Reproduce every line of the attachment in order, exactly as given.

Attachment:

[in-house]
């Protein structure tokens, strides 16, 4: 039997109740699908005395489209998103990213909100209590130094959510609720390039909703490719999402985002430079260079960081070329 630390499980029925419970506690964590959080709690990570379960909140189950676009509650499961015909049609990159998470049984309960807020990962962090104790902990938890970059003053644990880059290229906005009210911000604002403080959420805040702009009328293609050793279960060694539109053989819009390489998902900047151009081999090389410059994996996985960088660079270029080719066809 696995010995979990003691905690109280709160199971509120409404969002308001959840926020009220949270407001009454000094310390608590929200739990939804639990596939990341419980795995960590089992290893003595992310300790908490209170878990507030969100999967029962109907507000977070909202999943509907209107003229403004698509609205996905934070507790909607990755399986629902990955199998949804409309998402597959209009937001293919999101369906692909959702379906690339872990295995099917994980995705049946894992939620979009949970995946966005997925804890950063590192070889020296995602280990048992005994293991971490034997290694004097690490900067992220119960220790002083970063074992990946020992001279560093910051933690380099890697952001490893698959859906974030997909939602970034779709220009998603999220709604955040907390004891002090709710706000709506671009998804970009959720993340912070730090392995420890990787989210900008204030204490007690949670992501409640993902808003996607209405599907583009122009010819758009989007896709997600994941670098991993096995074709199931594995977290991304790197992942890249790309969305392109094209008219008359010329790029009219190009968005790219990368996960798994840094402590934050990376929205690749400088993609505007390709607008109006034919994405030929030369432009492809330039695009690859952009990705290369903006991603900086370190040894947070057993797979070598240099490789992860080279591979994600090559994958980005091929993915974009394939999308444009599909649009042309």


[in-house]
């Protein structure tokens, strides 16, 4: 039997109740699908005395489209998103990213909100209590130094959510609720390039909703490719999402985002430079260079960081070329 630390499980029925419970506690964590959080709690990570379960909140189950676009509650499961015909049609990159998470049984309960807020990962962090104790902990938890970059003053644990880059290229906005009210911000604002403080959420805040702009009328293609050793279960060694539109053989819009390489998902900047151009081999090389410059994996996985960088660079270029080719066809 696995010995979990003691905690109280709160199971509120409404969002308001959840926020009220949270407001009454000094310390608590929200739990939804639990596939990341419980795995960590089992290893003595992310300790908490209170878990507030969100999967029962109907507000977070909202999943509907209107003229403004698509609205996905934070507790909607990755399986629902990955199998949804409309998402597959209009937001293919999101369906692909959702379906690339872990295995099917994980995705049946894992939620979009949970995946966005997925804890950063590192070889020296995602280990048992005994293991971490034997290694004097690490900067992220119960220790002083970063074992990946020992001279560093910051933690380099890697952001490893698959859906974030997909939602970034779709220009998603999220709604955040907390004891002090709710706000709506671009998804970009959720993340912070730090392995420890990787989210900008204030204490007690949670992501409640993902808003996607209405599907583009122009010819758009989007896709997600994941670098991993096995074709199931594995977290991304790197992942890249790309969305392109094209008219008359010329790029009219190009968005790219990368996960798994840094402590934050990376929205690749400088993609505007390709607008109006034919994405030929030369432009492809330039695009690859952009990705290369903006991603900086370190040894947070057993797979070598240099490789992860080279591979994600090559994958980005091929993915974009394939999308444009599909649009042309």